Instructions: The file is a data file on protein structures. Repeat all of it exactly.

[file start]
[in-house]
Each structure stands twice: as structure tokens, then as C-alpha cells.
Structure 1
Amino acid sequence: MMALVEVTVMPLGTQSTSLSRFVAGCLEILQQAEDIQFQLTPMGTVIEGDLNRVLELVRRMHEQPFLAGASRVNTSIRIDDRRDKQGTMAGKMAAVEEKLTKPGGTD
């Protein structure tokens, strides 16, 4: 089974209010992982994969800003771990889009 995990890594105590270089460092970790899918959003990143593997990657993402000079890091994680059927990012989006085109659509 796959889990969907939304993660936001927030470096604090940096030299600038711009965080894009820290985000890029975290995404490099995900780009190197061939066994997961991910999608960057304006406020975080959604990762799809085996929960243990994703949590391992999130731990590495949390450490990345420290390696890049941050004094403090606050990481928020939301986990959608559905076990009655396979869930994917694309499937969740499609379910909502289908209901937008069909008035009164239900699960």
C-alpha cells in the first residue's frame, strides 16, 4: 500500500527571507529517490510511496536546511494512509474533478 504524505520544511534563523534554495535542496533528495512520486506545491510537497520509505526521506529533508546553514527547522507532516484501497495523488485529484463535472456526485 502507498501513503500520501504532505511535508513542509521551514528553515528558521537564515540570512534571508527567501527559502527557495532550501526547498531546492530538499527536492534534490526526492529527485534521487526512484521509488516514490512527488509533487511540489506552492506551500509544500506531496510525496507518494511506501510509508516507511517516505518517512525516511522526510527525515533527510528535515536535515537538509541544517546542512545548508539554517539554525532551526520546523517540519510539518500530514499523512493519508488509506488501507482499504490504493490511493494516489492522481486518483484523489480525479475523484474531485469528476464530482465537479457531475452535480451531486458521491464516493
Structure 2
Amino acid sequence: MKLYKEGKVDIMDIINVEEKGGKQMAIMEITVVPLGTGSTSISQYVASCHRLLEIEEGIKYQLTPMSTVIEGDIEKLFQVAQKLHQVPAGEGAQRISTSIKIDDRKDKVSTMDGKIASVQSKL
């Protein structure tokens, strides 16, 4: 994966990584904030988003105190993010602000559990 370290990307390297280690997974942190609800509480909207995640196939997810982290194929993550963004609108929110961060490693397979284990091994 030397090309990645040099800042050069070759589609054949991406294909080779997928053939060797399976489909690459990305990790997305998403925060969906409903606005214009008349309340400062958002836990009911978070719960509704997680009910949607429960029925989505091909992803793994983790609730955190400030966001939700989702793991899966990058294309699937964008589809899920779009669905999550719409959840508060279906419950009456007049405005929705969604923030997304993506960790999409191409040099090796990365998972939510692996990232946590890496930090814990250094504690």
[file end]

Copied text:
[in-house]
Each structure stands twice: as structure tokens, then as C-alpha cells.
Structure 1
Amino acid sequence: MMALVEVTVMPLGTQSTSLSRFVAGCLEILQQAEDIQFQLTPMGTVIEGDLNRVLELVRRMHEQPFLAGASRVNTSIRIDDRRDKQGTMAGKMAAVEEKLTKPGGTD
């Protein structure tokens, strides 16, 4: 089974209010992982994969800003771990889009 995990890594105590270089460092970790899918959003990143593997990657993402000079890091994680059927990012989006085109659509 796959889990969907939304993660936001927030470096604090940096030299600038711009965080894009820290985000890029975290995404490099995900780009190197061939066994997961991910999608960057304006406020975080959604990762799809085996929960243990994703949590391992999130731990590495949390450490990345420290390696890049941050004094403090606050990481928020939301986990959608559905076990009655396979869930994917694309499937969740499609379910909502289908209901937008069909008035009164239900699960």
C-alpha cells in the first residue's frame, strides 16, 4: 500500500527571507529517490510511496536546511494512509474533478 504524505520544511534563523534554495535542496533528495512520486506545491510537497520509505526521506529533508546553514527547522507532516484501497495523488485529484463535472456526485 502507498501513503500520501504532505511535508513542509521551514528553515528558521537564515540570512534571508527567501527559502527557495532550501526547498531546492530538499527536492534534490526526492529527485534521487526512484521509488516514490512527488509533487511540489506552492506551500509544500506531496510525496507518494511506501510509508516507511517516505518517512525516511522526510527525515533527510528535515536535515537538509541544517546542512545548508539554517539554525532551526520546523517540519510539518500530514499523512493519508488509506488501507482499504490504493490511493494516489492522481486518483484523489480525479475523484474531485469528476464530482465537479457531475452535480451531486458521491464516493
Structure 2
Amino acid sequence: MKLYKEGKVDIMDIINVEEKGGKQMAIMEITVVPLGTGSTSISQYVASCHRLLEIEEGIKYQLTPMSTVIEGDIEKLFQVAQKLHQVPAGEGAQRISTSIKIDDRKDKVSTMDGKIASVQSKL
């Protein structure tokens, strides 16, 4: 994966990584904030988003105190993010602000559990 370290990307390297280690997974942190609800509480909207995640196939997810982290194929993550963004609108929110961060490693397979284990091994 030397090309990645040099800042050069070759589609054949991406294909080779997928053939060797399976489909690459990305990790997305998403925060969906409903606005214009008349309340400062958002836990009911978070719960509704997680009910949607429960029925989505091909992803793994983790609730955190400030966001939700989702793991899966990058294309699937964008589809899920779009669905999550719409959840508060279906419950009456007049405005929705969604923030997304993506960790999409191409040099090796990365998972939510692996990232946590890496930090814990250094504690």